Labour plans for universal childcare

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Ed Milliband has pledged in his new year message to pursue the policy of universal childcare for all pre-school children and to make childcare a priority, if elected as Prime Minister.(Guardian 30 December 2013).In a Guardian interview the shadow childcare minister, Lucy Powell, said of free universal pre-school childcare: “I’d love it to be [introduced]. My job is to make the political and economic case for childcare, not just the childcare offer that we have right now but an extension of that. I am absolutely firmly of the belief that if you invest in childcare it pays for itself over time because it increases maternal employment rates.”

In the SmithMartin Partnership, childcare has always been seen as one of the most fundamental needs of young families. Over the last 5 years it has increased in cost and the argument for developing universal childcare which is affordable and accessible for all remains highly important.

The case for universal childcare was indeed a key part of the previous Labour Party initiatives and with the development of Sure Start provided a platform for a major plank of Early Years programmes for quality Early Years education.

Naomi Einsenstadt developed the concept of Sure Start within the Dept. of Children, Schools and Families, and the move into Sure Start Children’s Centres.Image 1

Good quality childcare enables young children to receive good early years education, to reduce the effects of poverty and to give families a vision for the future.

We hope that this recent statement from Labour will turn into a reality.

Sue Martin

SmithMartin Partnership LLP – bringing communities together

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Youth Services



The end of the summer holidays is fast approaching, have we seen the final acts of youth services as clubs and activities struggle to continue.


Youngsters in King’s Lynn park, Norfolk. Across the county around 300 youth projects have closed, as well as council-run youth centres. Photograph: David Sillitoe for the Guardian

Much has been heard of the issues in inner city areas and indeed problems are large and significant. But it was interesting to see in the Society Guardian, Wednesday 24 August 2011 a whole page spread on the cuts to youth services in Norfolk, focusing on the town of King’s Lynn.There are many towns like King’s Lynn across the country and to quote Canon Bill Hurdman, whilst ministering in King’s Lynn,

It has all the problems of an inner city area without any of the buzz”

A group of young people are interviewed outside the supermarket, where they have already been banned from gathering in groups of more than two.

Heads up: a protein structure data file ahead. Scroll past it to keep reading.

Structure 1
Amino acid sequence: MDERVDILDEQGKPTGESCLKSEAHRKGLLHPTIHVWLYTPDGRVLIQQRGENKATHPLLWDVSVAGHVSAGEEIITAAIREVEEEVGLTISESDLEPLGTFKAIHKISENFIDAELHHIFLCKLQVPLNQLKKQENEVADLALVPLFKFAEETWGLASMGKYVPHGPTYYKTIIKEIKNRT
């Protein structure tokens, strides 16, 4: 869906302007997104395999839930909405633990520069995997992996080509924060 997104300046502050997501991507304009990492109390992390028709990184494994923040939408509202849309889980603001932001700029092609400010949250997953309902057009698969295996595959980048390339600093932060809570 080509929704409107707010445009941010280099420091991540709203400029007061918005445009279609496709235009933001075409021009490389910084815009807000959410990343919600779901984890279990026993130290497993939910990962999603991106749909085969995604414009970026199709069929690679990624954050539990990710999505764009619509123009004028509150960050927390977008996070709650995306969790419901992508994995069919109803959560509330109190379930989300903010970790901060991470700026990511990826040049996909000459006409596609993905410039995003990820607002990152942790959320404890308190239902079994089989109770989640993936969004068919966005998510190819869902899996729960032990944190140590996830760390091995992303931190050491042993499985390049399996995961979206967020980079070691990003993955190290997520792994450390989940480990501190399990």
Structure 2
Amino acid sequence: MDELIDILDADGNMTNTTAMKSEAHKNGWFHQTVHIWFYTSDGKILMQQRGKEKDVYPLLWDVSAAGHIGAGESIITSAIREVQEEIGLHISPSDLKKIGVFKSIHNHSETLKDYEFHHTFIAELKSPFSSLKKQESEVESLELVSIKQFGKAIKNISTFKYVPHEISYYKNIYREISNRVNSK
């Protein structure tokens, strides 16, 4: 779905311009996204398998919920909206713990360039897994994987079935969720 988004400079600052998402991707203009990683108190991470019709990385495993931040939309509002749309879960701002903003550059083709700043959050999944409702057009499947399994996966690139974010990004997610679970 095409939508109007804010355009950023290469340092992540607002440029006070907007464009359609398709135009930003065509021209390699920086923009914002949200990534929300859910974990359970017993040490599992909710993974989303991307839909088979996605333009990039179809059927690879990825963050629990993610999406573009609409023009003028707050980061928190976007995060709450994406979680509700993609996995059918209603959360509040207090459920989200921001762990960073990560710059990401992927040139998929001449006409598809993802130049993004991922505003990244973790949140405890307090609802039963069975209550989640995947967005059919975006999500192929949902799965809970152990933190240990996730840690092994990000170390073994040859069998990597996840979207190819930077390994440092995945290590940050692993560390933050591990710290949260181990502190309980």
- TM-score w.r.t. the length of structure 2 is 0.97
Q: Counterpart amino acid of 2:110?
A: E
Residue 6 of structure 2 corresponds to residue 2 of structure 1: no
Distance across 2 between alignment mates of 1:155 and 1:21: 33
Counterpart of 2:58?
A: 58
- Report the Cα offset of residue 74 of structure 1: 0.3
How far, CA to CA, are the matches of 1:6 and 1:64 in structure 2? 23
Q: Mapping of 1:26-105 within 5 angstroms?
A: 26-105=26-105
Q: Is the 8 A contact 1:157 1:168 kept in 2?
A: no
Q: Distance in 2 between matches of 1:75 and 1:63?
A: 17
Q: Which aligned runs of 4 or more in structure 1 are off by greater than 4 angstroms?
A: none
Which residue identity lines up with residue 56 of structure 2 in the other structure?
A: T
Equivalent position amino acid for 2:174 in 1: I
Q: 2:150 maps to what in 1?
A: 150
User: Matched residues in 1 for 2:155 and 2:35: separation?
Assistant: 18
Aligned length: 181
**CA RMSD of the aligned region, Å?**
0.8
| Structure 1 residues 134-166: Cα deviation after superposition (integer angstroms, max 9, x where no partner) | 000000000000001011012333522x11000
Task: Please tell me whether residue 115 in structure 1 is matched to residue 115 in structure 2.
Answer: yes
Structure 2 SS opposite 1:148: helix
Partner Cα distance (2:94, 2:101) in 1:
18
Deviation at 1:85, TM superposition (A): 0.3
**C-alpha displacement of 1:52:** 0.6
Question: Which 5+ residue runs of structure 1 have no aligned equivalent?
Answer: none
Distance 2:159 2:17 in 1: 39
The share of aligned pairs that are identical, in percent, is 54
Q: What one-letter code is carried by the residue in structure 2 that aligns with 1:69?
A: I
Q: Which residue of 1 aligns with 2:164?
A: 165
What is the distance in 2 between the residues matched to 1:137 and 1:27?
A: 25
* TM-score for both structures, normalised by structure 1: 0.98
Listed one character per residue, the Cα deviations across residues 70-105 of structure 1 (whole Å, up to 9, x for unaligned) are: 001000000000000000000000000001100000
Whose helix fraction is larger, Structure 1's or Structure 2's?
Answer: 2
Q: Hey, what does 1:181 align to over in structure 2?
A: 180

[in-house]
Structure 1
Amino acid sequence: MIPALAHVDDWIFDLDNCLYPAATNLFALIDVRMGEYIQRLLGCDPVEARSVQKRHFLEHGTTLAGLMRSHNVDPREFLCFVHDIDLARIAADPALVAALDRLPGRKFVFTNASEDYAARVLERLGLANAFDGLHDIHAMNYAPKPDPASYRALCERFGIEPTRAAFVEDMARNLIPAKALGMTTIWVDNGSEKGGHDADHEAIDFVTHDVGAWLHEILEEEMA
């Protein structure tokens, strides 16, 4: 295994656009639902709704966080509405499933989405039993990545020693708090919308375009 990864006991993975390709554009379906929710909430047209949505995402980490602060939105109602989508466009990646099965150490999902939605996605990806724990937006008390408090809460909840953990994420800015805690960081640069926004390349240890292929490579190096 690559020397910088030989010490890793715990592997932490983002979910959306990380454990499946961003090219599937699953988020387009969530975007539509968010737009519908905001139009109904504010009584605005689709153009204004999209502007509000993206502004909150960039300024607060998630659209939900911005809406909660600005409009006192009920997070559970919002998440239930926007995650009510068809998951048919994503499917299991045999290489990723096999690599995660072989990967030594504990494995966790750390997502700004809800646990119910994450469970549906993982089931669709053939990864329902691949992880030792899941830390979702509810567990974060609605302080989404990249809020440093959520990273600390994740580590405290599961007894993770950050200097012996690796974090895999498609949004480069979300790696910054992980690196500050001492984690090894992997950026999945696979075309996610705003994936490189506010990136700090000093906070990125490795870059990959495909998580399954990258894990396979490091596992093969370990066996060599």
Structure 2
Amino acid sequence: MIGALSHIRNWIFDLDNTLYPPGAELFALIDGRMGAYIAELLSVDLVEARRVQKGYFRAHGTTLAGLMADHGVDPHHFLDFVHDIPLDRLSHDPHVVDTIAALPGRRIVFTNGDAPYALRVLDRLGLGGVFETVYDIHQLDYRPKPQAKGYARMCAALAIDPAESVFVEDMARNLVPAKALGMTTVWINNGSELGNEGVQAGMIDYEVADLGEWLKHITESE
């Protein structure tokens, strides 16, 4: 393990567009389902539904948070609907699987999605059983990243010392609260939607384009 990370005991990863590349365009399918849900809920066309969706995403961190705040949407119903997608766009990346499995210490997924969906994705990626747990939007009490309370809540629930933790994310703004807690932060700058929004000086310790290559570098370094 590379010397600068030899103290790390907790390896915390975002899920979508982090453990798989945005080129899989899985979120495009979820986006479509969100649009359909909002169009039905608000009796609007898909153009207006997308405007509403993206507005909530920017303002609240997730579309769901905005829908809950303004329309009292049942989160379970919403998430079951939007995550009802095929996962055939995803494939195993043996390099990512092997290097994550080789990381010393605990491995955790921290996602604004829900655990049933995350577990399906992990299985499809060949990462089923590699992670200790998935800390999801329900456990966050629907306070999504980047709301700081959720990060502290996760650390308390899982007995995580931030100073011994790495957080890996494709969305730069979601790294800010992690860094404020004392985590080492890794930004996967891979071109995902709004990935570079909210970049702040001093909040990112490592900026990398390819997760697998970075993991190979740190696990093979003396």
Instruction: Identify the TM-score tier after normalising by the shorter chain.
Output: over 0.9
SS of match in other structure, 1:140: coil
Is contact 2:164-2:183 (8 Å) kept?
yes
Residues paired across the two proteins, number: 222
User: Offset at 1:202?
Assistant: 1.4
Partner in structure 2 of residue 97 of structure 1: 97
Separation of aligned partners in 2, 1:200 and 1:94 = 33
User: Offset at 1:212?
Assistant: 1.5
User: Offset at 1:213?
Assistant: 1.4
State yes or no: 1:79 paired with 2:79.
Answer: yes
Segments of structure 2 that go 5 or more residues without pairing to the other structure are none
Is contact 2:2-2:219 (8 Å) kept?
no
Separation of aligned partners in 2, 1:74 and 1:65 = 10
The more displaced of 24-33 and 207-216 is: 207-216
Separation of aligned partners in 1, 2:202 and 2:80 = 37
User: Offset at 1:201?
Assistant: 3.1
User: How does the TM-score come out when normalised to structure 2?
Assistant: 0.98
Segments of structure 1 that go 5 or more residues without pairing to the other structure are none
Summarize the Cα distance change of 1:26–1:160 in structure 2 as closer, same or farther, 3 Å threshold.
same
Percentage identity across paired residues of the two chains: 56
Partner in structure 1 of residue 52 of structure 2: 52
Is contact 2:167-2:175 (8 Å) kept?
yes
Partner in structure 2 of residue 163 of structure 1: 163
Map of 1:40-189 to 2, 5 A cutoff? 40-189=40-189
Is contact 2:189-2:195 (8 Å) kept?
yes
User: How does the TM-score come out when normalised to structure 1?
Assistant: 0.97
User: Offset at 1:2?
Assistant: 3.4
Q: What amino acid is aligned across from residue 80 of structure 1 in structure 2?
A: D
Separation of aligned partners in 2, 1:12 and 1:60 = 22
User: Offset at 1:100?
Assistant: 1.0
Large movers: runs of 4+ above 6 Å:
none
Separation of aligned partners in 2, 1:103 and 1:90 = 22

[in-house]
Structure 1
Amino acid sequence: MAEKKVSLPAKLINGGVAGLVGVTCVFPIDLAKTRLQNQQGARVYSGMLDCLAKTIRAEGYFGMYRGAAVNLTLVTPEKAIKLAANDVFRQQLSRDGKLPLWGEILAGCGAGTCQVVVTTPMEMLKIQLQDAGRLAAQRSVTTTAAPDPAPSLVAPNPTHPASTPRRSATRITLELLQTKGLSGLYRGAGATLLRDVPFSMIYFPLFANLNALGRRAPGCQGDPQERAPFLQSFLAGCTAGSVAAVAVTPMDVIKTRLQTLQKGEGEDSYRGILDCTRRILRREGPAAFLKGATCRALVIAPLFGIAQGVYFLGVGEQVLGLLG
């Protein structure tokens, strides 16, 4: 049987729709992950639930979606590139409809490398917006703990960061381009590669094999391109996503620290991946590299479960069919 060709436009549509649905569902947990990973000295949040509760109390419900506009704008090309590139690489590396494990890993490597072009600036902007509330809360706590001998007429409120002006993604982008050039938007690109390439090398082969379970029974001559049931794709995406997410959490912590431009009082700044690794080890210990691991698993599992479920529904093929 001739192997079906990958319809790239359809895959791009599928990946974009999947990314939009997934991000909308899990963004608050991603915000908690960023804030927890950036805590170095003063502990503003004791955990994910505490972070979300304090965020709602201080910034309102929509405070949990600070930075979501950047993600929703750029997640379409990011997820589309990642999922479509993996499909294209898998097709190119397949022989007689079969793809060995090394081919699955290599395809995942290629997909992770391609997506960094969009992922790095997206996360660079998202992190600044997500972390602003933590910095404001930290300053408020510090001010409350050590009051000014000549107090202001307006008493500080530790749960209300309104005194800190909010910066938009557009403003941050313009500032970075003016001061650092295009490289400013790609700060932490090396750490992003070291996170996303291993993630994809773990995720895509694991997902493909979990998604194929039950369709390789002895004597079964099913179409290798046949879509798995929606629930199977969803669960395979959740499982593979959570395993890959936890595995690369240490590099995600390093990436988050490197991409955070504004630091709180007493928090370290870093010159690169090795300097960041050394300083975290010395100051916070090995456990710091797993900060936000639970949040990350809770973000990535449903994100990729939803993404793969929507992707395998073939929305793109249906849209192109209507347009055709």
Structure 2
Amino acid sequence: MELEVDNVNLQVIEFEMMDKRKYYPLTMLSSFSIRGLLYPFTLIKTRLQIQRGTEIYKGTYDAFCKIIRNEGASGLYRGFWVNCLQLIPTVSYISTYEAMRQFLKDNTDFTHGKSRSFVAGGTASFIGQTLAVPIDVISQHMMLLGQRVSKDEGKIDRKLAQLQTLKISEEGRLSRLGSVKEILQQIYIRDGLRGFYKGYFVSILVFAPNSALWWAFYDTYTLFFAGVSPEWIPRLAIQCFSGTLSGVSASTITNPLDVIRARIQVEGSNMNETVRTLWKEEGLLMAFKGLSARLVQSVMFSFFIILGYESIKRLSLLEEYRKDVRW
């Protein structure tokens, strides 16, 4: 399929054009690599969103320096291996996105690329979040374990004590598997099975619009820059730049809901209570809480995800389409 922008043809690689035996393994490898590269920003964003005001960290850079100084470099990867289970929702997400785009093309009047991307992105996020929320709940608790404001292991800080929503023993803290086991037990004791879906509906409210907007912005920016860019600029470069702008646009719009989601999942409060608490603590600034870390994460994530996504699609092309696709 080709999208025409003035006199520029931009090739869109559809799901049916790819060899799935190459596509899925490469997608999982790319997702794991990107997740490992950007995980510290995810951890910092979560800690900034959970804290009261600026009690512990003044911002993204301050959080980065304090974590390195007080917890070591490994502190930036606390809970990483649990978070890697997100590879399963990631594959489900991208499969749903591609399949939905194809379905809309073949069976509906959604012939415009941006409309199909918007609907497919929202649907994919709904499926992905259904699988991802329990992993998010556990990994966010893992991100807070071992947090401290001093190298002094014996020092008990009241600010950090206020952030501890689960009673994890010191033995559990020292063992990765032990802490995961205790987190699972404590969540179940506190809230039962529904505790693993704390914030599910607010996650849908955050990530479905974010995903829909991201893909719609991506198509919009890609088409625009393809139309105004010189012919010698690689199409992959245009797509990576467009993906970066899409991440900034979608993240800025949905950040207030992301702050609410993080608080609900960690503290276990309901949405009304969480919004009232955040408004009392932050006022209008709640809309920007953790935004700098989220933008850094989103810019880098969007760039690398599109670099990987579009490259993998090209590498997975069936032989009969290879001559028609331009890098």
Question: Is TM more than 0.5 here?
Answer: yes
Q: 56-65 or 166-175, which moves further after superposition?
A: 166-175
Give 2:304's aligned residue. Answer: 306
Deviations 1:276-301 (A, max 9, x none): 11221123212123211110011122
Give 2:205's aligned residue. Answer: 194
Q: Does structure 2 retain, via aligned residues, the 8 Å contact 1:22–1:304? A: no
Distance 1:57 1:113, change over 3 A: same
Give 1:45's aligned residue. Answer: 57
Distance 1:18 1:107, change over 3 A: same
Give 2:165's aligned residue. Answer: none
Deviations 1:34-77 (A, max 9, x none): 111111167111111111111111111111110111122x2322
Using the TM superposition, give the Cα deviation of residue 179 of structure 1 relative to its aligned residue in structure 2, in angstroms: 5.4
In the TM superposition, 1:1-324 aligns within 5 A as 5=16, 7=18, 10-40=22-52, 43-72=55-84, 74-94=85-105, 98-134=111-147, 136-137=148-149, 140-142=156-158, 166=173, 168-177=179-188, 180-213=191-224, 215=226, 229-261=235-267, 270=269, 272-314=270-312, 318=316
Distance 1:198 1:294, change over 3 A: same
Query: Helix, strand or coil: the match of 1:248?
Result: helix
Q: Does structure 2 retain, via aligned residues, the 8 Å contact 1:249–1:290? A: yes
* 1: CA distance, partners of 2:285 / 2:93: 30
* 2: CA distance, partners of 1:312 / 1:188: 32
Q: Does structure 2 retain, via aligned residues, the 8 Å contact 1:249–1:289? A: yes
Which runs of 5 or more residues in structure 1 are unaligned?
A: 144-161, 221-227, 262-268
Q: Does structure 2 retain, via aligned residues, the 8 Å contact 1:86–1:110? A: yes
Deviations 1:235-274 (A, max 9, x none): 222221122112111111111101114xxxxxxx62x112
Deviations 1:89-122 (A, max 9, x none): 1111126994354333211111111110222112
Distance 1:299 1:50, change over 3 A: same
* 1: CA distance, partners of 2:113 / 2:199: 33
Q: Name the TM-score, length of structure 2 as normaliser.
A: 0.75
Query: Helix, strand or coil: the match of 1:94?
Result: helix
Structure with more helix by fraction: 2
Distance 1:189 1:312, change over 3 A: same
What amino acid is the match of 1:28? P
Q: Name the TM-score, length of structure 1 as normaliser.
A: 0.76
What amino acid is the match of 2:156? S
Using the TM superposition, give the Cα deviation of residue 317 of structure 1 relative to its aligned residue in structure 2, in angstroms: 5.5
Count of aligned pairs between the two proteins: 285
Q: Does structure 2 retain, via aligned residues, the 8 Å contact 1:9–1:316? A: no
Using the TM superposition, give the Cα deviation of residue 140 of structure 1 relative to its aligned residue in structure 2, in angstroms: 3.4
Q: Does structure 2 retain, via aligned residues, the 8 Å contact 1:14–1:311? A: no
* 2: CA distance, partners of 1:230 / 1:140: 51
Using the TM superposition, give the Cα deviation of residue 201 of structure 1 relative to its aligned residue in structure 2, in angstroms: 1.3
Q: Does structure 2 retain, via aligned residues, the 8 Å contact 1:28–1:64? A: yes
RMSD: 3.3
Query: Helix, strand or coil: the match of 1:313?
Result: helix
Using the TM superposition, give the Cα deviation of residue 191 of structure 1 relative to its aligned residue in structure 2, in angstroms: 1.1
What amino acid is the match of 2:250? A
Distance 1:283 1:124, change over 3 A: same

The youth centre at Providence St has been closed, not the most inspiring of places, but at least was a place they young people could go, talk to their mates, have some fun and maybe learn at the same time.

This loss is being replicated across the country. What effect will this have? More importantly how will the morale and aspirations of young people find a place in all our towns.

Sue Martin

SmithMartin Partnership LLP, developing community projects.

Charities, Community Groups
and where to from here…



Charities face closures as local authorities slash funding, making the delivery of community projects somewhere between hard and impossible.

Acevo (the Association of Chief Executives of Voluntary Organisations) had already shown that the sector will lose £750 million this year if central and local government passed on cuts proportionately.’ Guardian Tuesday 2nd August 2011.

Research from False Economy shows that more than 2000 charities face cuts. Zoe Williams in the Guardian, Thurs 4th August 2011 says that ‘…philanthrocapitalism often looks a lot more like capitalism than it does philanthropy.’

Our partnership work is very much at the ground level; working with people in communities, the centres, the staff, the volunteers and children and families. There’s a lot of resilience and a feeling that although funding and support from the last few good years is coming to an end it doesn’t have to signify a finality to all the good work and the spirit of the community.

The problems have not gone away, they are now papered over or simply removed from the political agenda.

But community development is more than just provision of economic funding; social wealth, creative wealth and spirit of support remain.

There are ways through hard times, social enterprise being one, allowing you to be in charge of your own destiny and economic sustainability is a very powerful opportunity for good.

(Image courtesy of Ridgeway Park Children Centre )

SmithMartin Partnership LLP

Bringing communities together